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Chinese name
Traditional Chinese 辭海
Simplified Chinese 辞海
Literal meaning sea of words
Korean name
Hangul 사해
Japanese name
Kanji 辞海
Hiragana じかい

The Cihai is a large-scale Chinese dictionary and encyclopedia. The Zhonghua Book Company published the first Cihai edition in 1938, and the Shanghai Lexicographical Publishing House revised editions in 1979, 1989, 1999, and 2009. A standard bibliography of Chinese reference works (Teng and Biggerstaff 1971:134) calls the Cihai an "outstanding dictionary".


The Cihai is a semi-encyclopedic dictionary and enters Chinese words from many fields of knowledge, such as history, science, mathematics, philosophy, medicine, and law.

Chinese lexicography dichotomizes two kinds of dictionaries: traditional zidian (字典, lit. "character/logograph dictionary") for written Chinese characters and modern cidian (辭典 "word/phrase dictionary") for spoken expressions. For example, the Hanyu Da Zidian for characters and Hanyu Da Cidian for words. The Cihai, as the title indicates, is a cidian.

The American sinologist George A. Kennedy, who wrote a student's guide to using the Cihai as the basis for sinological studies, said the dictionary's principal values are its (1953:85) "explanations for phrases and compound expressions" and (1953:131) "citations illustrating the use of words and expressions."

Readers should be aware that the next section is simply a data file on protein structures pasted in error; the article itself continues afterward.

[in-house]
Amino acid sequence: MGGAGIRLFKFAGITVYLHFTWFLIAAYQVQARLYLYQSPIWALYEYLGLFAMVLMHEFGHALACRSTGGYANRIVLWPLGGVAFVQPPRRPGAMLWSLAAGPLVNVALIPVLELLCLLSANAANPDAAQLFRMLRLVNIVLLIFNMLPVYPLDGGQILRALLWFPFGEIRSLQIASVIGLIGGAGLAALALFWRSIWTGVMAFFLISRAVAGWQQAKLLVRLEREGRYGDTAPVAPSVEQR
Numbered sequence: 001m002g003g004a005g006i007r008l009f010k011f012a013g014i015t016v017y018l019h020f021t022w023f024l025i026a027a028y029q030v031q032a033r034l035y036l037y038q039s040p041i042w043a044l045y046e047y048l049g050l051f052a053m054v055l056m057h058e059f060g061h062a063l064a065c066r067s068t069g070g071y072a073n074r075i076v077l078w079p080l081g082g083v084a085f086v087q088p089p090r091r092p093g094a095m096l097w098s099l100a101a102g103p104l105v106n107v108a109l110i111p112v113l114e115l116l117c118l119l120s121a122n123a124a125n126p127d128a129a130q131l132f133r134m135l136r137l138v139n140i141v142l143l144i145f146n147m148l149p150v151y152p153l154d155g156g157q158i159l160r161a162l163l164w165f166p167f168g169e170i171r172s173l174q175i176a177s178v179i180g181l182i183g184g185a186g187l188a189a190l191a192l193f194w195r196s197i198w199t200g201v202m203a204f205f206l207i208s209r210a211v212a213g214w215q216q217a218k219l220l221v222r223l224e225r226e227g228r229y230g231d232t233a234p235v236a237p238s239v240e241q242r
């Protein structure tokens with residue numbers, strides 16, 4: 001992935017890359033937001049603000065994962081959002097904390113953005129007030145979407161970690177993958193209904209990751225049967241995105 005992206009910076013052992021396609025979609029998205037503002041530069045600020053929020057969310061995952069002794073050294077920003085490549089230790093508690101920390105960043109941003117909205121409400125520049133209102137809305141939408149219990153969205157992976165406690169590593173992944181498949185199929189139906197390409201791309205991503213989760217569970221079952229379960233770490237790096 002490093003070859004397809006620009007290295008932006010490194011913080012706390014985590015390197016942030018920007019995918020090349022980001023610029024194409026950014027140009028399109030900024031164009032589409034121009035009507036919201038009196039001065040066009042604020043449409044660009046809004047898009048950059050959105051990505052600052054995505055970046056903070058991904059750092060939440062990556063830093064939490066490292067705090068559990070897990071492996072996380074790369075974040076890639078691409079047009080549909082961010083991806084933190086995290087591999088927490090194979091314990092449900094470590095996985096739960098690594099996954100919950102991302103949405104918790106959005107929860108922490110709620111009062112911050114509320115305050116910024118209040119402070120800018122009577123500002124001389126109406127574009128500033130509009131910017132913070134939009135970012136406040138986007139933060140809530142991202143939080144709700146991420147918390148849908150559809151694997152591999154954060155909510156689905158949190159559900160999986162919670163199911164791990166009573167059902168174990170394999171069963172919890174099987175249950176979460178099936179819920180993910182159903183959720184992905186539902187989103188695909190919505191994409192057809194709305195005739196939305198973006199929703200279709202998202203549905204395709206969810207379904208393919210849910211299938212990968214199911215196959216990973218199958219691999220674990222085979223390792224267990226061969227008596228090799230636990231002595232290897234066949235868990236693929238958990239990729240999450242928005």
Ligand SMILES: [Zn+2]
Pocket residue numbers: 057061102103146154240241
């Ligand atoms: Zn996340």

1937 first edition Cihai

The Cihai originated when Lufei Kui, founder of the Zhonghua Book Company, decided to publish a comprehensive Chinese dictionary to compete with rival Commercial Press's 1915 Ciyuan (辭源 "source of words") (Wilkinson 2000:89). Under the editorship of Shu Xincheng (舒新城, 1893-1960), over 100 lexicographers worked for two decades to compile the Cihai, which was published in 1936. This 2-volume first edition has over 80,000 entries arranged under single characters in radical-stroke order, with the words and compounds under each character listed by the number of characters and strokes. The definitions are written in wenyan "literary Chinese" (Hartmann 2003:166). The Taiwan branch of Zhonghua published a Cihai reprint in 1956 with minor revisions additions and (Yang 1985:279).

Plans for a second edition began after a 1958 conference about revising the Cihai and Ciyuan. The Cihai Editorial Committee organized over 5000 scholars and specialists to undertake the new compilation, concentrating on revising the first edition entries and adding modern terminology, especially scientific and technical. Reinhard Hartmann (2003:166) describes the editorial work of revising Cihai as taking "a tortuous course, 22 years from start to finish". After the original editor-in-chief Shu Xincheng died in 1960, he was succeeded by Chen Wangdao, who died in 1977, and was succeeded by Xia Zhengnong (夏征农, 1904-2008). From 1961 to 1962, sixteen shiyong (試用 "trial") individual subject-matter fascicles were distributed for comments by specialists, and in 1965 a weidinggao (未定稿 "draft manuscript") Cihai was completed, but the anti-intellectualism of the Cultural Revolution (1966-1976) halted editorial work (Huang et al. 1993:220). Shanghai Dictionary Publishing House (上海辭書出版社) published the three-volume revised edition Cihai in 1979 and a condensed single-volume version in 1980.